from traditional HIM to enterprise information management.
While many are making forward progress, some continue to be
bogged down with production and transactional tasks and
regulatory changes with tight deadlines. As a result, far reaching
improvements that truly advance the ball get deferred
and the cycle continues.
Too many HIM leaders were left out of critical decisions such as
EHR selection, only to be called upon later to find workarounds
for information and records management shortcomings that
would have been foreseen and avoided had they been involved
at the outset. With a unique understanding of information
content and records, information flow, user needs and
compliance, HIM professionals are uniquely positioned to play a
critical role in enterprise information management. That said,
this is a team sport, and effective collaboration like never before
is required among HIM, CIOs, IT, clinical informatics and
business process owners.
Transitioning from traditional HIM to enterprise HIRM is a
journey, and like any journey this transition takes vision,
preparation and flawless execution. What’s my destination and
what route should I take? Who is on my team and whose
support do I need? What unexpected events should I plan for?
As shown in the Commencing the Journey to EIM and
Governance chart on page 10, a five-phase road map is offered
as a proven way to advance from departmental to enterprise
HIM. Organizations that have followed this road map have seen
significant improvements in information quality, integrity,
efficacy and overall usability.
Phase I: Shift resources to higher-value
Priorities such as the transition to ICD-10,
demonstrating meaningful use and strengthening
privacy and security require dedicated HIM
resources. Budget constraints and cuts preclude
adding new resources, so HIM leaders must shift
existing scarce HIM resources to higher-value
priorities. An effective way to accomplish this is to
eliminate, reduce or outsource the storage of
physical records and related transactional work.
For example, as an EHR implementation
progresses, it is no longer necessary or cost-effective
to maintain onsite storage of archival records.
An effective strategy is to make the file room a
thing of the past by:
- Developing and applying retention policies to
eliminate obsolete records
- Scanning frequently accessed paper records to
make them readily available.
- Centralizing and relocating formerly active
records to low-cost offsite storage.
- Scanning archival paper records as they are
- Outsourcing resource-heavy processing functions
such as release of information and scanning to
multiply efficiencies and cost savings.
Through strategic outsourcing of these types of
paper-based functions, HIM can alleviate bandwidth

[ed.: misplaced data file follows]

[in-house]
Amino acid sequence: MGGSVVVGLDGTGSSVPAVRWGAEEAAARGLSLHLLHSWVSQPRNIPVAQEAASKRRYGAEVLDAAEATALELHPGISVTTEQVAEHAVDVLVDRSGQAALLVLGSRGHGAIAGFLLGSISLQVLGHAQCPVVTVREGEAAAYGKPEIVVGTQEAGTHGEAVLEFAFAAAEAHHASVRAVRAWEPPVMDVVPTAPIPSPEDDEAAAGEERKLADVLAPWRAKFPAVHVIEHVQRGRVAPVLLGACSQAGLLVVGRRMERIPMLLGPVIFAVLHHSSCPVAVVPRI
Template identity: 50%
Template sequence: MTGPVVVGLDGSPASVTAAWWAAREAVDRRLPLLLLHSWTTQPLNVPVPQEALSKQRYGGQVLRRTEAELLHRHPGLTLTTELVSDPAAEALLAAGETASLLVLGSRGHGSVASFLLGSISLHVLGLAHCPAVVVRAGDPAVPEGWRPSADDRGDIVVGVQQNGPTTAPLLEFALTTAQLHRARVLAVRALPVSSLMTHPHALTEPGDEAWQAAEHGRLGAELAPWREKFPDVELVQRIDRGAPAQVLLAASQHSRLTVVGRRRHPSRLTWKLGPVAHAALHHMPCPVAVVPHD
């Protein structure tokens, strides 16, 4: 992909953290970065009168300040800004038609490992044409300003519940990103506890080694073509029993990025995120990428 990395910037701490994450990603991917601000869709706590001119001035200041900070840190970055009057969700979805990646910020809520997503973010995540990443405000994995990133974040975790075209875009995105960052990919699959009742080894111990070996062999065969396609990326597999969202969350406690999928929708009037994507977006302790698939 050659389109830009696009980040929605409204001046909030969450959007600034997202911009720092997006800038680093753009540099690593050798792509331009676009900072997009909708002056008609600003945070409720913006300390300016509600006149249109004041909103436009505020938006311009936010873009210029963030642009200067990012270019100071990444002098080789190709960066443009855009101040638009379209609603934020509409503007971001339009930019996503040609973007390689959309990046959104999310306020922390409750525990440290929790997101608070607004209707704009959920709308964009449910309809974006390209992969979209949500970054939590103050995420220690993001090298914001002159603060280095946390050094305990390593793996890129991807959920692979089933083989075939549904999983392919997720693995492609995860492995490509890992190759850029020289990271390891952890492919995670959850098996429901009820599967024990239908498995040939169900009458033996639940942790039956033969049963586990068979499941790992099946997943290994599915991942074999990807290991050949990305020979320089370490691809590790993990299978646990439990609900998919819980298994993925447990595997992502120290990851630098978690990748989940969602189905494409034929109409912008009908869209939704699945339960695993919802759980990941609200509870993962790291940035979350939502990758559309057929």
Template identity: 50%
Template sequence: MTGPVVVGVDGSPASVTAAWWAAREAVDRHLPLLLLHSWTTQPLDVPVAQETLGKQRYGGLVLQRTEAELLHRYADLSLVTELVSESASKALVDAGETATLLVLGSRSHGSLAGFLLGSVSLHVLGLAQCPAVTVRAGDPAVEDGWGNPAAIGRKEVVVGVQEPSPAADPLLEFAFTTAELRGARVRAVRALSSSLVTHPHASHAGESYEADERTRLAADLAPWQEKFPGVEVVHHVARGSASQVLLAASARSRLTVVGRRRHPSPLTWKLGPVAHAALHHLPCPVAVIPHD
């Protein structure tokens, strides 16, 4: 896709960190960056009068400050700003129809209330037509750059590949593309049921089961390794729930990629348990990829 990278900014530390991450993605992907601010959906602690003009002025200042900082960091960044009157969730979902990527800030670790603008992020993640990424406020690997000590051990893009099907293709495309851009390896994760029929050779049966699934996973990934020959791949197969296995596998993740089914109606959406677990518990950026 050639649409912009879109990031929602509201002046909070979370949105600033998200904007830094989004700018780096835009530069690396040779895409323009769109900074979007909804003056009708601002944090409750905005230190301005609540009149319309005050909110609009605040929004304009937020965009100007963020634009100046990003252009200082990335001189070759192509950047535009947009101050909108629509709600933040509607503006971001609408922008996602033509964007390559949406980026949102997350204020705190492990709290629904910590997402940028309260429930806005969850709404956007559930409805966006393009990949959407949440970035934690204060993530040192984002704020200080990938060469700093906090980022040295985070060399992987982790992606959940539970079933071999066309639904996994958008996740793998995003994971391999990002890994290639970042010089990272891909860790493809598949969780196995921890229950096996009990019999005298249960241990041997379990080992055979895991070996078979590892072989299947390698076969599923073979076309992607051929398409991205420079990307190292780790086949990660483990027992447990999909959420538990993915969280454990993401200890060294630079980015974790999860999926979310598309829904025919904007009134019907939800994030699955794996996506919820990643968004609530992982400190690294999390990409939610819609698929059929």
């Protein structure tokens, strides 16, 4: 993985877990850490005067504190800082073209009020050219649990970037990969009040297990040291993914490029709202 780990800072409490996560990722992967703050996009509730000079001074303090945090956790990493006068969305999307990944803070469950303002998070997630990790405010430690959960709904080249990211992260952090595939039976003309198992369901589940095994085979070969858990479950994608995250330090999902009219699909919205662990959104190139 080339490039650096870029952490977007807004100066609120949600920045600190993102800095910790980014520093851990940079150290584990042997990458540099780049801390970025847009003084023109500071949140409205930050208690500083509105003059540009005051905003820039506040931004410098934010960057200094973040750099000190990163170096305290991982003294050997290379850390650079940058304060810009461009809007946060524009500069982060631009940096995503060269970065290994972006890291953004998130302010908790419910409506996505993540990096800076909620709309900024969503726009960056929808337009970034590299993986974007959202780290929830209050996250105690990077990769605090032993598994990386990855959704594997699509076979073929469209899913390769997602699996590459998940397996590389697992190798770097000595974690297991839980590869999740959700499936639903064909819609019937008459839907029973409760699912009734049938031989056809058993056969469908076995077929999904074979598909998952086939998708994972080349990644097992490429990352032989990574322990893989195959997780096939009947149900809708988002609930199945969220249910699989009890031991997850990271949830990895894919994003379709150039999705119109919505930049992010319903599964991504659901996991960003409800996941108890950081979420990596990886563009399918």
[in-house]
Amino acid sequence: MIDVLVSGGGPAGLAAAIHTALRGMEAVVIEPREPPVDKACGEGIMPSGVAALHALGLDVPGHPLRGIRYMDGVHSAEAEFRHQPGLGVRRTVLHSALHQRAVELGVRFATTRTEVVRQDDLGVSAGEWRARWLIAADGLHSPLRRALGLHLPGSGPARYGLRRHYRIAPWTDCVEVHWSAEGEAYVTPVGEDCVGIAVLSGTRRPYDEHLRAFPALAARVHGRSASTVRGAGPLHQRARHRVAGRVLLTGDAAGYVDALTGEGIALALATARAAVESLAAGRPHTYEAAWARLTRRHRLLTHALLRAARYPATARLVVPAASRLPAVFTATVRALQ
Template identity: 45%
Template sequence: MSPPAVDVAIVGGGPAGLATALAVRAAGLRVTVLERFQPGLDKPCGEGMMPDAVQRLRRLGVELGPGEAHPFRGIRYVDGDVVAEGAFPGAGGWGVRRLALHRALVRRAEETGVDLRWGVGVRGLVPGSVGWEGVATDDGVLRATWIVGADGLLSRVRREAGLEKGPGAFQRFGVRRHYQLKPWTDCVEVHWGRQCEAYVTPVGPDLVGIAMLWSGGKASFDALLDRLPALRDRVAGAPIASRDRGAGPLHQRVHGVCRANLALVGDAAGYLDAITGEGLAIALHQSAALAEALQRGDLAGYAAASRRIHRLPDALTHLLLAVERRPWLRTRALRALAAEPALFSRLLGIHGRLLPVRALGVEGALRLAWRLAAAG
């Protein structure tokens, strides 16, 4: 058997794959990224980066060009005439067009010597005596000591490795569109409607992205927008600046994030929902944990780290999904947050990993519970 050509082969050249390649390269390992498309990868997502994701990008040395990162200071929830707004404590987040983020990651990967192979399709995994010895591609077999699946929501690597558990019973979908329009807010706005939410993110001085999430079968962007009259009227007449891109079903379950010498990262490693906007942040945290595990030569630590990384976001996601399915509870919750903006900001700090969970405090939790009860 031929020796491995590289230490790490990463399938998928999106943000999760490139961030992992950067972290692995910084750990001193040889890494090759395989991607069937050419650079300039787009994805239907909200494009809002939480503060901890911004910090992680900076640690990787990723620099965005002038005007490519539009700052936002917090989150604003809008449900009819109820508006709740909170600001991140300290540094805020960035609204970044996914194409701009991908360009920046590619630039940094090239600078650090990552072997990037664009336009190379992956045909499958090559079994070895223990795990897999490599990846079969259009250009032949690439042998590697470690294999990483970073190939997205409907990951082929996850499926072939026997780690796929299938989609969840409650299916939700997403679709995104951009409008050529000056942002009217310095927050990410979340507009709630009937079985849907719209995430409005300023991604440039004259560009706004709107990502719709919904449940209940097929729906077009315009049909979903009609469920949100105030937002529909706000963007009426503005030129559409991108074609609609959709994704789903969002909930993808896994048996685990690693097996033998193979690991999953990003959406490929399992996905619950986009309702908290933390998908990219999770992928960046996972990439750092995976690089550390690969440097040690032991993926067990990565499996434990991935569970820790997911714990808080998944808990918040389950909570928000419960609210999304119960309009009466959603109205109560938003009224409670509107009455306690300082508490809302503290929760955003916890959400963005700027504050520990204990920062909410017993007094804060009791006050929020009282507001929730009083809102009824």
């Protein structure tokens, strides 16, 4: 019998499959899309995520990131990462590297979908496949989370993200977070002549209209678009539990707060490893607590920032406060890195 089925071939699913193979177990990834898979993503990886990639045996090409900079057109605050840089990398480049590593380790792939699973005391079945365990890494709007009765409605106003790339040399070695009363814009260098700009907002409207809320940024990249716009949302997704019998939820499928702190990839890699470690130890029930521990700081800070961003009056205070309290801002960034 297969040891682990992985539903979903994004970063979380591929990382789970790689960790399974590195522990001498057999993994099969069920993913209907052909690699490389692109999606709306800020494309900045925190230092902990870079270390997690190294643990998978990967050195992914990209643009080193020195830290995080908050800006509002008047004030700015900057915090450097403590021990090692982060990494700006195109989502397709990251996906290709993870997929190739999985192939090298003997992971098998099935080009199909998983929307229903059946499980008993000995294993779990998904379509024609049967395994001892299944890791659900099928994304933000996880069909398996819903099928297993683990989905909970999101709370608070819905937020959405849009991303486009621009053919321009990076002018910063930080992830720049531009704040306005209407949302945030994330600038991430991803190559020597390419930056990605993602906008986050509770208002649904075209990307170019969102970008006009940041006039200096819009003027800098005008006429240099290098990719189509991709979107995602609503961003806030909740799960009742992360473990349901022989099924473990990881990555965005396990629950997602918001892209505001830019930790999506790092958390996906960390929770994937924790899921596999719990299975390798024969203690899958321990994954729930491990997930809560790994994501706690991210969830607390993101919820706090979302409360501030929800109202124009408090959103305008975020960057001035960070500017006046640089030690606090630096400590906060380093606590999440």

constraints and seamlessly redeploy resources to
more valuable roles such as data quality or master
person index management.
That said, it’s important to understand that
transitioning to enterprise HIM requires a deliberate
focus on eliminating or outsourcing lower-value
work in order to shift staff to new roles. This always
involves making trade-offs. By inventorying and
evaluating the current return on time invested for
legacy processes, HIM can identify where trade-offs
should be made to free up resources for newly
emerging, higher-value work.
A leading provider in Denver
realized a 20 percent
reduction in records
management costs — and a
more reliable and efficient
process — by outsourcing
storage to an offsite vendor.
In turn, savings could be
redeployed to fund other
Phase II: Identify short-term EIM priorities
To identify short-term EIM priorities, it is important
to gain a more complete view of information across
the enterprise. Inventory the information systems
and identify for each the primary uses, the clinical
and business process owners, and the source and
flow of data. Include major applications like EHRs and
PACs. Examine ancillary sources like research and
clinical trials data and disease and procedure
registries. Account for expanding sources and uses
like telemedicine systems, digital pathology and
While this may seem a daunting task, the CIO most
likely has an inventory of systems and applications.
What HIM can add is a more complete analysis of
information content characteristics and how it is
used. Each application captures, processes, moves
and stores data. Each has process owners who
serve in an information management role, setting
and administering policy for access, retention, data
quality and even release of information. Consider
what, if any, data content standards govern the
capture and management of particular data types.
As information proliferates, so does variation — in
content, controls and quality.
A more complete understanding of this information is
an essential initial step in moving from a siloed to an
enterprise view of information life cycle management.
It reveals areas of vulnerability and leads to insights
about ways to unify content and records management.
From this broader assessment of the current
information environment, identify areas of greatest